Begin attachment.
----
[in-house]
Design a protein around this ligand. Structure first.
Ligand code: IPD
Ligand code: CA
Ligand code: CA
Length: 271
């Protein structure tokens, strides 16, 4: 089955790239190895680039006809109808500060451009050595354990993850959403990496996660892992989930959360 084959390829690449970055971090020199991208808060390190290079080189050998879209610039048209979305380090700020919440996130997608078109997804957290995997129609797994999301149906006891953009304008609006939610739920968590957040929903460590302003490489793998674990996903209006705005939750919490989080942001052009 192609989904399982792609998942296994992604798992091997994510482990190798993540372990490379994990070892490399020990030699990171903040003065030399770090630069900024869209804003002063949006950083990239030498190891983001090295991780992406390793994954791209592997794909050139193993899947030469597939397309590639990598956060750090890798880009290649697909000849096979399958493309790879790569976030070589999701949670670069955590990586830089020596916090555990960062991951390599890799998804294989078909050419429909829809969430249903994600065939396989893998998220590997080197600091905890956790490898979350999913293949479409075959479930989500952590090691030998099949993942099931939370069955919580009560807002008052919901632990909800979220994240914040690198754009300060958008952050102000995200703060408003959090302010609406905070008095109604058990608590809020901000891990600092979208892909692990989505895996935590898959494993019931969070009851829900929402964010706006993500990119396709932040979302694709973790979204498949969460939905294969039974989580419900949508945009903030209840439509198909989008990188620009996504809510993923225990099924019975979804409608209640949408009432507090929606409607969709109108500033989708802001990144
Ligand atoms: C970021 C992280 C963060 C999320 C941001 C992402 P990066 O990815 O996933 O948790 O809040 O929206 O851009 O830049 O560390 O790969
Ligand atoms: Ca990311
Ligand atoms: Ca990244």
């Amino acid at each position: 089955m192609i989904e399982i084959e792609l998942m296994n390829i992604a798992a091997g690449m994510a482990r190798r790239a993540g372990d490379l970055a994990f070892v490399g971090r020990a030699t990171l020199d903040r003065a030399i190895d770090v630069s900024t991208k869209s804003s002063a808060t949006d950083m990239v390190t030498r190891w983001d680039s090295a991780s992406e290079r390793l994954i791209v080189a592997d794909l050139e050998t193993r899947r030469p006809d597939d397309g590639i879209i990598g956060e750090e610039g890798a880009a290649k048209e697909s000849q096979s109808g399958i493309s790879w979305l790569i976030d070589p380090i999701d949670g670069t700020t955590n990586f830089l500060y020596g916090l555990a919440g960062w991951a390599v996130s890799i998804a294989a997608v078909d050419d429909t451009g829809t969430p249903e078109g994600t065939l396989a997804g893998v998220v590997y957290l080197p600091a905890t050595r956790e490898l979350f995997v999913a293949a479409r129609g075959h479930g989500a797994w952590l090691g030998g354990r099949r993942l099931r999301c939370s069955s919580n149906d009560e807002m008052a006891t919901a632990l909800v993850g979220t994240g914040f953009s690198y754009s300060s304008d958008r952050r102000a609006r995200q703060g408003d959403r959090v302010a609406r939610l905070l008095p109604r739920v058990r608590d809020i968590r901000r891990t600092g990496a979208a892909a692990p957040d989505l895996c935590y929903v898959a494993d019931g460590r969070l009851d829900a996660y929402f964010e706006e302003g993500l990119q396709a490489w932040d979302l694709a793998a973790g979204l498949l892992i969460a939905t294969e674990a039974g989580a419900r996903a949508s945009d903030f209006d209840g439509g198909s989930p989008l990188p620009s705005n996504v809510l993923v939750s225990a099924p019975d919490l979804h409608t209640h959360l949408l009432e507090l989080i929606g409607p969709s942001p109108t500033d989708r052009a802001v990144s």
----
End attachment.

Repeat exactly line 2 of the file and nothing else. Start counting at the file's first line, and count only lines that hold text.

Design a protein around this ligand. Structure first.